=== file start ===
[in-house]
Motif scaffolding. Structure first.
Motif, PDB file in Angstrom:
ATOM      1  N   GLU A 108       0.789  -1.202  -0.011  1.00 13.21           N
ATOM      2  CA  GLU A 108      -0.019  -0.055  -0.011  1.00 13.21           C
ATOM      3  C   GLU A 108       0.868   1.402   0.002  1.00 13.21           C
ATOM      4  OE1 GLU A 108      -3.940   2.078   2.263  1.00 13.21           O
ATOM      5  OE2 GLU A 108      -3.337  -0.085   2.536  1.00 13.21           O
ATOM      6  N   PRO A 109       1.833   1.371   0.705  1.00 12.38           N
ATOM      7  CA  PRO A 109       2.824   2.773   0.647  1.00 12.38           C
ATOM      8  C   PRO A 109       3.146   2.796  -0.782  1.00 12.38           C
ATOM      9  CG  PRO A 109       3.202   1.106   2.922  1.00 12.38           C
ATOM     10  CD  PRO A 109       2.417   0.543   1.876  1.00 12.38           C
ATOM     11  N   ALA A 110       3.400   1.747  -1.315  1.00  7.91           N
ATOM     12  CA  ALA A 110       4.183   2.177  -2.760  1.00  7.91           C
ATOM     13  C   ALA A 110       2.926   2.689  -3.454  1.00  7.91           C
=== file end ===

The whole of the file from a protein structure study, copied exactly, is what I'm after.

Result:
[in-house]
Motif scaffolding. Structure first.
Motif, PDB file in Angstrom:
ATOM      1  N   GLU A 108       0.789  -1.202  -0.011  1.00 13.21           N
ATOM      2  CA  GLU A 108      -0.019  -0.055  -0.011  1.00 13.21           C
ATOM      3  C   GLU A 108       0.868   1.402   0.002  1.00 13.21           C
ATOM      4  OE1 GLU A 108      -3.940   2.078   2.263  1.00 13.21           O
ATOM      5  OE2 GLU A 108      -3.337  -0.085   2.536  1.00 13.21           O
ATOM      6  N   PRO A 109       1.833   1.371   0.705  1.00 12.38           N
ATOM      7  CA  PRO A 109       2.824   2.773   0.647  1.00 12.38           C
ATOM      8  C   PRO A 109       3.146   2.796  -0.782  1.00 12.38           C
ATOM      9  CG  PRO A 109       3.202   1.106   2.922  1.00 12.38           C
ATOM     10  CD  PRO A 109       2.417   0.543   1.876  1.00 12.38           C
ATOM     11  N   ALA A 110       3.400   1.747  -1.315  1.00  7.91           N
ATOM     12  CA  ALA A 110       4.183   2.177  -2.760  1.00  7.91           C
ATOM     13  C   ALA A 110       2.926   2.689  -3.454  1.00  7.91           C